Every player on the eight teams won’t play in every game. So, a typical day for Perez when he is playing, and depending on what time he plays, would be to go back to the house of the friend who recommended the SDL to him where he stays. Or, he’ll get some time in lifting or play golf. Perez says that even though everyone does not play every game, the entire team still shows up on game day and at that time, players will know what they will be doing for that day.

“The greatest thing the San Diego League has going for it is San Diego,” Rogoff said. “Why wouldn’t you want to come here to play summer ball? You literally can have a 9:00 a.m. game and you’ll be at the beach by 1:00 relaxing. It’s a pretty unique and special setup here in San Diego and we really think this is going to grow big. The feedback we’ve been getting from coaches and scouts has been tremendous, and we’re going to get even bigger and better next year.”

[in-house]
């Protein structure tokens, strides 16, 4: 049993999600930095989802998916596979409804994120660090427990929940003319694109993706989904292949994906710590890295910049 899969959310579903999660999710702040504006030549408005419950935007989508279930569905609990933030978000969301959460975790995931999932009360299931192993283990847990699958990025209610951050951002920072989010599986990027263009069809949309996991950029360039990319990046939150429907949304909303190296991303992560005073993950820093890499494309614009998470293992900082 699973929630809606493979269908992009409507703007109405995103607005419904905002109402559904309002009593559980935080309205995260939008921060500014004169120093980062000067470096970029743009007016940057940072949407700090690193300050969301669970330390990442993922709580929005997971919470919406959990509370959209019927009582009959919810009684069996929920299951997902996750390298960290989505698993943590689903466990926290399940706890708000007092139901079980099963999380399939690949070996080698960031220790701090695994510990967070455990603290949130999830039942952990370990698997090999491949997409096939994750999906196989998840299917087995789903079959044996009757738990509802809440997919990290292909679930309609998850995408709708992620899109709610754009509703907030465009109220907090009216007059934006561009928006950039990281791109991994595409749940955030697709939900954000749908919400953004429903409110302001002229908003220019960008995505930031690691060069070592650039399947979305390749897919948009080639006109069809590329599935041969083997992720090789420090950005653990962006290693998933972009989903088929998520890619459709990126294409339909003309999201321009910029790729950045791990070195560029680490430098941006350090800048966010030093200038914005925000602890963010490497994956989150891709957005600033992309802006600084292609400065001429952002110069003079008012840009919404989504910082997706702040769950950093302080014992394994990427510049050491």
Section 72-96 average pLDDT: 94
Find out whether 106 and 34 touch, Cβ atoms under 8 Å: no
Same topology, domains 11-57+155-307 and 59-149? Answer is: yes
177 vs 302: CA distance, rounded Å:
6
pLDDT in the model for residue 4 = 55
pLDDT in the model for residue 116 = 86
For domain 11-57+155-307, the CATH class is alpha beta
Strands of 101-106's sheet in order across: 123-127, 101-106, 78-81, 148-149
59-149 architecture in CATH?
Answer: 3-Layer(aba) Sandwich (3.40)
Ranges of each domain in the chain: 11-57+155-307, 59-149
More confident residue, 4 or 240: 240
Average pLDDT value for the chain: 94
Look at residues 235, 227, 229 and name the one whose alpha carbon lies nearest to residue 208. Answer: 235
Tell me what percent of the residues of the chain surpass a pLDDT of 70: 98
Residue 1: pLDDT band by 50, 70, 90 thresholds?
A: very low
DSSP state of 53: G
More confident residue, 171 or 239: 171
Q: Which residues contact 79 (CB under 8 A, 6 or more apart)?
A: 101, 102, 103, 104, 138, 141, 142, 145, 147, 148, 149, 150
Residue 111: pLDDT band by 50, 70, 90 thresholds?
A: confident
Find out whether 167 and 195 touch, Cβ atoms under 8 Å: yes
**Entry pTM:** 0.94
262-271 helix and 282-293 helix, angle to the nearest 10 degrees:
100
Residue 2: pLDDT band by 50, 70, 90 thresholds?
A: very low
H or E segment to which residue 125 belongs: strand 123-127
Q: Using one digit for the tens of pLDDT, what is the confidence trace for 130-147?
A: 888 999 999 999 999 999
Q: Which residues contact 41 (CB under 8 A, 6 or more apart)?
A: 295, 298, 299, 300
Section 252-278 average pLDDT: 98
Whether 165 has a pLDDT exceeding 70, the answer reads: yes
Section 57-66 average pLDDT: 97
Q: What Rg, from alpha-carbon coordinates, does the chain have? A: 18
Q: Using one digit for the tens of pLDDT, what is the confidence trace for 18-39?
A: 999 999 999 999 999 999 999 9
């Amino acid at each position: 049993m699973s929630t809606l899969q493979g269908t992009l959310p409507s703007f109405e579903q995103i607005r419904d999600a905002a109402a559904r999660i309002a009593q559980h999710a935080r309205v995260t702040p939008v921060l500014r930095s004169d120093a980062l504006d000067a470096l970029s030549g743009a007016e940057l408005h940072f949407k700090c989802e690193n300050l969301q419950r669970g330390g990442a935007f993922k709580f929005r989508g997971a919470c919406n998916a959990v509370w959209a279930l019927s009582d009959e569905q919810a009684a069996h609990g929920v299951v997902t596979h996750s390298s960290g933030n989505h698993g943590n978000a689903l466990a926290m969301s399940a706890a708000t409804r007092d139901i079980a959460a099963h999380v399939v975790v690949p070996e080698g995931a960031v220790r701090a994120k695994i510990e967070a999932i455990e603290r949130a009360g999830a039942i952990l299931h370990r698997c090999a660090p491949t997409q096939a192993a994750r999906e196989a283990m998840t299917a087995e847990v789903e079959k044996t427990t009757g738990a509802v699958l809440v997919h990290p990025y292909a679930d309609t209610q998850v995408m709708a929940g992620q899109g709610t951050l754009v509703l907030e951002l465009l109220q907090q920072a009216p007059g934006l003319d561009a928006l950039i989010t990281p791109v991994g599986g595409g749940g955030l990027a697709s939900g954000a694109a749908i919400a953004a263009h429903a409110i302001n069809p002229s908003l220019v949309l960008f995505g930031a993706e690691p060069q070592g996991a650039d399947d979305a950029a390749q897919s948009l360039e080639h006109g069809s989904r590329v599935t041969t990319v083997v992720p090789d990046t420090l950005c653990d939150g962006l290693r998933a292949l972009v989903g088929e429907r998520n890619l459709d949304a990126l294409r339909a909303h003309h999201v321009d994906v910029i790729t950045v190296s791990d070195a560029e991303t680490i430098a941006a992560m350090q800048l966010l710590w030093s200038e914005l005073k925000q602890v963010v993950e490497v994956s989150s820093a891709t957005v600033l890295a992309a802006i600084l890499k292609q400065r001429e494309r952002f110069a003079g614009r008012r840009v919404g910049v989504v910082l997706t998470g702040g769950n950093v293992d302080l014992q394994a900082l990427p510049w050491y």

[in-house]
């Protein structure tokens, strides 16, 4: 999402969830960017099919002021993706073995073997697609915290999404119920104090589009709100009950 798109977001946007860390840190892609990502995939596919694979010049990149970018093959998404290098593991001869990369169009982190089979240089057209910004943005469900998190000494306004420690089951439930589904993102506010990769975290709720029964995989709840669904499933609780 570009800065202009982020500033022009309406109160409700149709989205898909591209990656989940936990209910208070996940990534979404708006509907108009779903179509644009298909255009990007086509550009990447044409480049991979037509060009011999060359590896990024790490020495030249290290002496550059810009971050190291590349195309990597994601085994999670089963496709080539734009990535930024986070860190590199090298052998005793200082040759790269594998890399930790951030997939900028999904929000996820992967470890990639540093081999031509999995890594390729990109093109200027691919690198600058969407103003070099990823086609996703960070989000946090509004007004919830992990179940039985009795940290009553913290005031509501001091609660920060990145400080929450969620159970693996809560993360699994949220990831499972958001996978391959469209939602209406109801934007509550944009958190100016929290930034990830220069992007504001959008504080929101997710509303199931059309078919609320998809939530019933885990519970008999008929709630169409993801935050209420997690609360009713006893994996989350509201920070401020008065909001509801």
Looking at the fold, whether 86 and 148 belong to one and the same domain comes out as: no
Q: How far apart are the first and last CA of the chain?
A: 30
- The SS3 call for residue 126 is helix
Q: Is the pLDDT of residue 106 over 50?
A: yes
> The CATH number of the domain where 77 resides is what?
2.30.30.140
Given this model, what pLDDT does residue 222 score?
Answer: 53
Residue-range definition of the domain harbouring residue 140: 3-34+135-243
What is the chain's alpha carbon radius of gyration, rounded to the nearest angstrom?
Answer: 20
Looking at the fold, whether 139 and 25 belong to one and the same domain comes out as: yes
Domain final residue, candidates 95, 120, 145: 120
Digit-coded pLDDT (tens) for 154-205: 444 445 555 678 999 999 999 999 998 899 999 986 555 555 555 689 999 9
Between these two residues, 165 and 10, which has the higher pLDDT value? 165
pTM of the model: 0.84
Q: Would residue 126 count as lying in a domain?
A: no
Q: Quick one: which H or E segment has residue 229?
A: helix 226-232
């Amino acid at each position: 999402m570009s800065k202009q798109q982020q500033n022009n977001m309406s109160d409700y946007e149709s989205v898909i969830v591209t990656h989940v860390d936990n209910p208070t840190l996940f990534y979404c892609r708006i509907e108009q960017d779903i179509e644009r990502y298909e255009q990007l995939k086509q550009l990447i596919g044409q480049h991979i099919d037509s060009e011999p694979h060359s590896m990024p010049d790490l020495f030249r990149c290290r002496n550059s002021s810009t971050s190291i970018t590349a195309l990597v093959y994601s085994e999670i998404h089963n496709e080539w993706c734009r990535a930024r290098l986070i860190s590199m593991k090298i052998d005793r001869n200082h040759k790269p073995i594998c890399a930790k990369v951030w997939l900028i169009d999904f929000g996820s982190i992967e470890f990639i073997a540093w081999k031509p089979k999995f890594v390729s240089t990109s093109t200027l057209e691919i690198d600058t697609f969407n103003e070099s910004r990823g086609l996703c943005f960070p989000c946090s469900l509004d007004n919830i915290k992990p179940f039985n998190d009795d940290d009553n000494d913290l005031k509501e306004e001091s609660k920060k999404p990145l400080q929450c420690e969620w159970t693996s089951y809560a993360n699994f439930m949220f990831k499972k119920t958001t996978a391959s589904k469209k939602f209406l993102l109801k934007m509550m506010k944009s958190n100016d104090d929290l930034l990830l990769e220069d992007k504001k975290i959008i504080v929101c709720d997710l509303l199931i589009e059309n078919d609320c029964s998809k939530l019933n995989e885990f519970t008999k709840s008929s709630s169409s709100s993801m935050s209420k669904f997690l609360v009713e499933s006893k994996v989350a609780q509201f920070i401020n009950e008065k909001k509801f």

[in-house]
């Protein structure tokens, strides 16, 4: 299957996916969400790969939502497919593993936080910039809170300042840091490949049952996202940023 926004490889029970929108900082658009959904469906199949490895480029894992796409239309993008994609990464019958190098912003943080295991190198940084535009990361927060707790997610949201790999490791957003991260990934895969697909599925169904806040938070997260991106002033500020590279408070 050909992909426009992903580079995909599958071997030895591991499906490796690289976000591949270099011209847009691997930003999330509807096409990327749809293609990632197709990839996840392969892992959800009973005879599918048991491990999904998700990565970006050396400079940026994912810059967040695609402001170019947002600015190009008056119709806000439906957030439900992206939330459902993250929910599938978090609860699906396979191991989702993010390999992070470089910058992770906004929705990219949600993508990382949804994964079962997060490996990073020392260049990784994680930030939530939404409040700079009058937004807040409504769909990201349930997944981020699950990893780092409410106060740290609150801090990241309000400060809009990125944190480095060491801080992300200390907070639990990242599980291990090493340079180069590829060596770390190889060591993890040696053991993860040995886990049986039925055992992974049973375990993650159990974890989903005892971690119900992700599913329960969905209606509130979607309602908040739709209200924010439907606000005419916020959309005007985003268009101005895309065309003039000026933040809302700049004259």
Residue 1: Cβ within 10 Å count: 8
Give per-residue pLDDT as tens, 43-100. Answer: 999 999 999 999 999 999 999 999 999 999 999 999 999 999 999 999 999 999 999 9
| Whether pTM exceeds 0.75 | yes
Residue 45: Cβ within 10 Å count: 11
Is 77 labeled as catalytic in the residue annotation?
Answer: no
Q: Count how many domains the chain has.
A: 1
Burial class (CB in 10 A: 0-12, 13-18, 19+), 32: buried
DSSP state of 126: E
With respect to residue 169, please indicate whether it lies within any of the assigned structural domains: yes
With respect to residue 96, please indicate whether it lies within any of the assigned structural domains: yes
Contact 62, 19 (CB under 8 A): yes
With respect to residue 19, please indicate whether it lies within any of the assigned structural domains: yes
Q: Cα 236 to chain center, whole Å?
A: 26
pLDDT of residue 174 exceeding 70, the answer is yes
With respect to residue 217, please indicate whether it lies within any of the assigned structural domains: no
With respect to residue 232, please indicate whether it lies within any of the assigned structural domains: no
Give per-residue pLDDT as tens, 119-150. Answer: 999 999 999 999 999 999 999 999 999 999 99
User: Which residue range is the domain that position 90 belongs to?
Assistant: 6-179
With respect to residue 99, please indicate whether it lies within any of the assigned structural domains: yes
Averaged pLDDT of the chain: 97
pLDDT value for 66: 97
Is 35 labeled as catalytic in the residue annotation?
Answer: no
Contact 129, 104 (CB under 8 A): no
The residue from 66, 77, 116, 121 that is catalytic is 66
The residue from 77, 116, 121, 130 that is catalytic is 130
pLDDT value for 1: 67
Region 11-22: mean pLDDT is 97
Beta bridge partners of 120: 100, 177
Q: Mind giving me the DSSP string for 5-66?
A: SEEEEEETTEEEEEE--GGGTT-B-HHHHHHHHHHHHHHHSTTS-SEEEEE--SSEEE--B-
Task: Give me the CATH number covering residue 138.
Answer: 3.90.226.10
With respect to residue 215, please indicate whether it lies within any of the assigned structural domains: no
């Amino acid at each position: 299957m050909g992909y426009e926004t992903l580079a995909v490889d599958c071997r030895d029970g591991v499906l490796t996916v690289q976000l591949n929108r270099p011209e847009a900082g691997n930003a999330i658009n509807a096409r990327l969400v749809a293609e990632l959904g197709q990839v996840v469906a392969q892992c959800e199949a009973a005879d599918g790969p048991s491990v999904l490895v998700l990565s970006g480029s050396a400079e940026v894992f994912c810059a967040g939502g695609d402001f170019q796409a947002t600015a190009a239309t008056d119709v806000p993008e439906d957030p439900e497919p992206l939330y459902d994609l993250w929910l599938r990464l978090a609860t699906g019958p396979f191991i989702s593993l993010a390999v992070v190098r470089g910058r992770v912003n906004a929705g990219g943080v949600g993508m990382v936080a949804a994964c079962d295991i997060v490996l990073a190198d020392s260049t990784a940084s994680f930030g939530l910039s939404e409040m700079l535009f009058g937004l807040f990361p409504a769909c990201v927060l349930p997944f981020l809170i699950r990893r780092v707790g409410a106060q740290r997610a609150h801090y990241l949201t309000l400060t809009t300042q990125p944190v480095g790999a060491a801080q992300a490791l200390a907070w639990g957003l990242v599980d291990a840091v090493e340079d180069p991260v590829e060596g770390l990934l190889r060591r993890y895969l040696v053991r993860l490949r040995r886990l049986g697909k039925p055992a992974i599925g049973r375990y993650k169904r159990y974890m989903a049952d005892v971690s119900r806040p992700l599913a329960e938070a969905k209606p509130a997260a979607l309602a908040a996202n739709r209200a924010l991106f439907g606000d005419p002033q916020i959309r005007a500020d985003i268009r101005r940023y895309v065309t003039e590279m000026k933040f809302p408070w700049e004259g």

The biggest change the league has made for this summer is that is has expanded from four teams to eight teams. Rogoff said that even without the pandemic, the league still would have had eight teams. Last year, the games were played at California State University, San Marcos. But the campus had to be shut down in March because of COVID-19.